Christmas time! These words will either bring a huge smile to your face, or they will invoke a sense of panic and anxiety as the to-do lists, crowded shopping centres, family politics, an overload of social catchups and financial stresses rush around your head. There’s a reason why the term ‘Merry Stressmas’ has caught on. For what is meant to be a joyous time of year, it can often result in one of the most stressful (this recent study shows Christmas Eve as the most common day each year for heart attacks).

Add to this a year where many families have been unable to spend time with each other, many people have lost their jobs, mental health issues are at an all time high and it’s no wonder that for some of us the thought of Christmas in 2020 is all too much.

But it doesn’t have to be; and whilst it has been a tough year for many, it’s not too late to put some plans in place to help make this Christmas a fun and stress free occasion.

To help the overwhelm for this year I’ve sought the advice of professionals who have shared their tips for how to minimise the anxiety and how to help you take the stress out of Christmas.

Dealing with financial stress

Terri Watson, a money mindset coach from The Healthy Wallet Project says the key to removing financial stress from Christmas comes down to her favourite B letter word….. Budget! Here are her top tips for beating financial stress:

Know what you want to do and how much it will cost

So just like Santa does, write that list! Are you planning to stay home for Christmas, or head off on holidays. Will you be going to theme parks, eating out or buying airfares. By spending some time pre-planning your holiday season you’ll have a much better idea of just exactly how much money you’re going to need (or if you need to readjust your expectations – better knowing in advance right?).

Know how much you need to cover your bills while you are on holiday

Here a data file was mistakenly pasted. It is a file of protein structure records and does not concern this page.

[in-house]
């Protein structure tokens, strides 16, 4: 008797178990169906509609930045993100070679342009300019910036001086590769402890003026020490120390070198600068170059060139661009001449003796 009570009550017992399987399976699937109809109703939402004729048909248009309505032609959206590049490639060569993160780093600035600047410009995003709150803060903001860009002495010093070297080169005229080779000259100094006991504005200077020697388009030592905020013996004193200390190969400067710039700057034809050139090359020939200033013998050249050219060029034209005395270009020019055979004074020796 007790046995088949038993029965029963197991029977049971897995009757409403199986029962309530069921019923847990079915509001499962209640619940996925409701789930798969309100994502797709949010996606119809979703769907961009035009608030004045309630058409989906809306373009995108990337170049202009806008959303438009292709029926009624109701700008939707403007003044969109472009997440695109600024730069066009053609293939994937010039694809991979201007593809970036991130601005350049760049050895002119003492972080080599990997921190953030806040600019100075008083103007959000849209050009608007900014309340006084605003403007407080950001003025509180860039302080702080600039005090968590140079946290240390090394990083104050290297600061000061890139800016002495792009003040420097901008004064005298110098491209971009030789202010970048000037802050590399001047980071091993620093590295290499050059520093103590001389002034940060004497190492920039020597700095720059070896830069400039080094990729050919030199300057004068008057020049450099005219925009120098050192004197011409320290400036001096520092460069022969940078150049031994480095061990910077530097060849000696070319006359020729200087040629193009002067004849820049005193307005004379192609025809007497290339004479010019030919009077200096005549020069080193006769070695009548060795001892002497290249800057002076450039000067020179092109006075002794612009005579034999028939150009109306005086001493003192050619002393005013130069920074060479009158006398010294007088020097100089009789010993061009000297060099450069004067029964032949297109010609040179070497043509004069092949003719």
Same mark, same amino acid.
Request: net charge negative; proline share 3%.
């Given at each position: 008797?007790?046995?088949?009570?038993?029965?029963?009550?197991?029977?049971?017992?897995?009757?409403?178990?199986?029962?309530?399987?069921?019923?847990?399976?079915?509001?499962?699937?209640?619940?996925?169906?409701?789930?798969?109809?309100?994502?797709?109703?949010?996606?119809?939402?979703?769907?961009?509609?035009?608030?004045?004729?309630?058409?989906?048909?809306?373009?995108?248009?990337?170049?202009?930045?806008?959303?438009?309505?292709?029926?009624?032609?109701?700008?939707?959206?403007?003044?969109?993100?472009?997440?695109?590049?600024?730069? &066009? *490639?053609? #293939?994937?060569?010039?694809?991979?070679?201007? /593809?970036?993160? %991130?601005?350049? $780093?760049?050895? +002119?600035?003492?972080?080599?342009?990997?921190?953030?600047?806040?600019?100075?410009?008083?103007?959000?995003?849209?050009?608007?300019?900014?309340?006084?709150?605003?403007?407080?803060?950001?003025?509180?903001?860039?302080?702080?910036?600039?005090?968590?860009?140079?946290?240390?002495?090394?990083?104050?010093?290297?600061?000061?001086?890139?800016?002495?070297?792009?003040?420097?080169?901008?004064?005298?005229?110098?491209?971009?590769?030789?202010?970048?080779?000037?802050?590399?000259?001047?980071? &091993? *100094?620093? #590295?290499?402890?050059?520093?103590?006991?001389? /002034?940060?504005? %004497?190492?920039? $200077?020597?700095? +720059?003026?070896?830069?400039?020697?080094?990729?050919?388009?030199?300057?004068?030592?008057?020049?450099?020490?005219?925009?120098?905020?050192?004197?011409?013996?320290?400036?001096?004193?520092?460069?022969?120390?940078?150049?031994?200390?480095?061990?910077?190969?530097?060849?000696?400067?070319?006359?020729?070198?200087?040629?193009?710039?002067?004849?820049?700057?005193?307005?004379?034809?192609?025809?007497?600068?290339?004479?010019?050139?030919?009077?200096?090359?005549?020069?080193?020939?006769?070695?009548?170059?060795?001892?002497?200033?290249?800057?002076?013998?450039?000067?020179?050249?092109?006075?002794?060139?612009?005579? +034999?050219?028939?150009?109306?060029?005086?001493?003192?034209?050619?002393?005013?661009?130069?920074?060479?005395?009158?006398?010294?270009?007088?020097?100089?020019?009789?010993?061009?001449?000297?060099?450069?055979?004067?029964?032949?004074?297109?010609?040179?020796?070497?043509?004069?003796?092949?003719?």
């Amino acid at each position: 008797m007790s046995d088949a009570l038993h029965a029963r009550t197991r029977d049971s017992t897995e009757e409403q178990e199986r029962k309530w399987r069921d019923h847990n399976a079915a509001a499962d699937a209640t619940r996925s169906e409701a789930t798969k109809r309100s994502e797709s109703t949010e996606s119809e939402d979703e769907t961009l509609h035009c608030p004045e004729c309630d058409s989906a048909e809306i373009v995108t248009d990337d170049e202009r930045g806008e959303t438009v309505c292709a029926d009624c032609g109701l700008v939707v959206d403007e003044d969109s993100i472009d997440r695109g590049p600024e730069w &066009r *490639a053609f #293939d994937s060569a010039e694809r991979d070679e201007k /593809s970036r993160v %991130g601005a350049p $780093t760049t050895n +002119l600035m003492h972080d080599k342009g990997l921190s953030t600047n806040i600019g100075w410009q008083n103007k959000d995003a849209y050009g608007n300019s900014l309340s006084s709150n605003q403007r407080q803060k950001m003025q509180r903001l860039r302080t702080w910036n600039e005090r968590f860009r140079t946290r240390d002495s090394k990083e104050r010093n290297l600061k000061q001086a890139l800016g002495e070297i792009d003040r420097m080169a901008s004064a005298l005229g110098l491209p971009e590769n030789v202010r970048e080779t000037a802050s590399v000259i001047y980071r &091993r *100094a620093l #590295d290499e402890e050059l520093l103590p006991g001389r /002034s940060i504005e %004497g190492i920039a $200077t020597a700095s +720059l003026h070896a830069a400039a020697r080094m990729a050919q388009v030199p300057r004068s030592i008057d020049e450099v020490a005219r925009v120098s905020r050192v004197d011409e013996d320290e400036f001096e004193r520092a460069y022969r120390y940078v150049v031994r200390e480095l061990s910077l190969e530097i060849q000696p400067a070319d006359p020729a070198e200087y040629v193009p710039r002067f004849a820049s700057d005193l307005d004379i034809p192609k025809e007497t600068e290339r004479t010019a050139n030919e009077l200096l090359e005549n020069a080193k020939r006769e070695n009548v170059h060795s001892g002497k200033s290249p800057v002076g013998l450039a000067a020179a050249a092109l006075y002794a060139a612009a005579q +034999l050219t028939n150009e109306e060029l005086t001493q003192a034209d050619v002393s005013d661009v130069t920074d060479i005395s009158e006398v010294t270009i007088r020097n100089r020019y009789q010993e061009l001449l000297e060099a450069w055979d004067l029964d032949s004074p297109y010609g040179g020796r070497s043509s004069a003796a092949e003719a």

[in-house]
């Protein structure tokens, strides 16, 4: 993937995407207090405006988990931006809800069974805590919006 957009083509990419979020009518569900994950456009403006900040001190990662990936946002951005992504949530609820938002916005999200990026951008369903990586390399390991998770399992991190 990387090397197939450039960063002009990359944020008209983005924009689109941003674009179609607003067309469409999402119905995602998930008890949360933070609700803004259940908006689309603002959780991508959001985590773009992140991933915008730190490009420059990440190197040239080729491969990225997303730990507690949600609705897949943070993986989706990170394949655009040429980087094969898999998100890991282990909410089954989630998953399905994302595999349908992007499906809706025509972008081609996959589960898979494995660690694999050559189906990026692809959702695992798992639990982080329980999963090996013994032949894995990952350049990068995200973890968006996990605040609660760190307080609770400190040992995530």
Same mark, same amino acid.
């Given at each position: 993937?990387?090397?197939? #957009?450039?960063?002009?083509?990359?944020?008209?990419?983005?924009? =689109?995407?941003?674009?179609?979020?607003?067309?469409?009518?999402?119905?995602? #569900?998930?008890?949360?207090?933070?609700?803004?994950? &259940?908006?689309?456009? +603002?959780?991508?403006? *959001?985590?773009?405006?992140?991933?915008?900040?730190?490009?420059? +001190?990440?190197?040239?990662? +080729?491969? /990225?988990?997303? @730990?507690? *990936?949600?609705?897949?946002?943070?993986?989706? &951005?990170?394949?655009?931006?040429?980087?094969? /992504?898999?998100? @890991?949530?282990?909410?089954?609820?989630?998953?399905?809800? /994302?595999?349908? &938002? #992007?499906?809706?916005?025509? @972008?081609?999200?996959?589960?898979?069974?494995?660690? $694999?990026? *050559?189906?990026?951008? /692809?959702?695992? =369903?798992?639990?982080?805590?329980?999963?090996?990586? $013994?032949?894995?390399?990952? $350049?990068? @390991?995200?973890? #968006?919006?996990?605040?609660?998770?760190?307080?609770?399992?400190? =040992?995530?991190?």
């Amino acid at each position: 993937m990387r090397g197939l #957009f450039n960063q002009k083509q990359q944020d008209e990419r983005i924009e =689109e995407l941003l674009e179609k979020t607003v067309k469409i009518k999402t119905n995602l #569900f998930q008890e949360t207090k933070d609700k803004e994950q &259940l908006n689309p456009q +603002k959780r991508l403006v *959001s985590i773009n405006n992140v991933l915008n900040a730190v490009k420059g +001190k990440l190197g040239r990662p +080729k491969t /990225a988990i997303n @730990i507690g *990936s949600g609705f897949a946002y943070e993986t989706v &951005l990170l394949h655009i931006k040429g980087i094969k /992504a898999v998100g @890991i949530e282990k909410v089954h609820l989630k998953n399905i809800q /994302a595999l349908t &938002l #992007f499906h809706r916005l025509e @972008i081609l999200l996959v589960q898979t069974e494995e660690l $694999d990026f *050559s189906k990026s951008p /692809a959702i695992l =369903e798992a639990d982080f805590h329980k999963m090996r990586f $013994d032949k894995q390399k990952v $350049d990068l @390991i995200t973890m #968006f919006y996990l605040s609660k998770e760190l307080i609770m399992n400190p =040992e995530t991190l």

Mortgage/rent payments, childcare fees, utility bills; unfortunately these don’t go on holidays when you do. Don’t forget to factor these in when you are thinking about the cost of your holiday

Create your budget or adjust your current budget to make sure you save enough for Christmas

When it comes to present buying, food, decorations and possibly a holiday, understand exactly how much it will cost in advance so you you can plan appropriately. That way you can plan to put extra aside if needed, and you won’t be caught with a credit-card hangover come January.

Plan how much you are going to spend on gifts and STICK TO IT!

I’m sure many of us have been in the situation where we’ve thought of the present first and then been shocked by the cost. This year try and flip it on it’s head and allocate a dollar amount per person and find a present to match. The key here though is sticking to it.

Bring your kids into the conversation, they need to understand and be apart of the process of deciding what is important to your family at Christmas time

Most kids have little concept of money, so you can forgive them for not taking into account financial restraints when they are thinking about which presents they’d like or holiday activities they want to do. By bringing them into the conversation early you’ll be able to help manage expectations early on.

If you’re needing some extra help this season with keeping track of your budget, The Healthy Wallet Project runs both group and one-on-one coaching sessions. They also have have a 90 Budgeting Journal designed to create clarity and move away from financial stress with confidence. To find out more about The Healthy Wallet Project visit them here.

Dealing with emotional stress

For some the thought of spending time with family over the holidays is a happy one. For others it can trigger feeling of anxiety, isolation or unhappiness. Janice Williams, Counsellor and Parent Coach says:

This time of year can raise lots of mixed feelings. If you find that Christmas is not a joyful time for you, it’s okay to acknowledge how you are feeling whether it be sadness, regret, loneliness. Don’t keep these feelings to yourself, though. Talk with trusted friends, a family member or a counsellor”.

Jan shares some tips that may help those worried about the upcoming holiday season.

Get into the Christmas spirit by focusing on helping others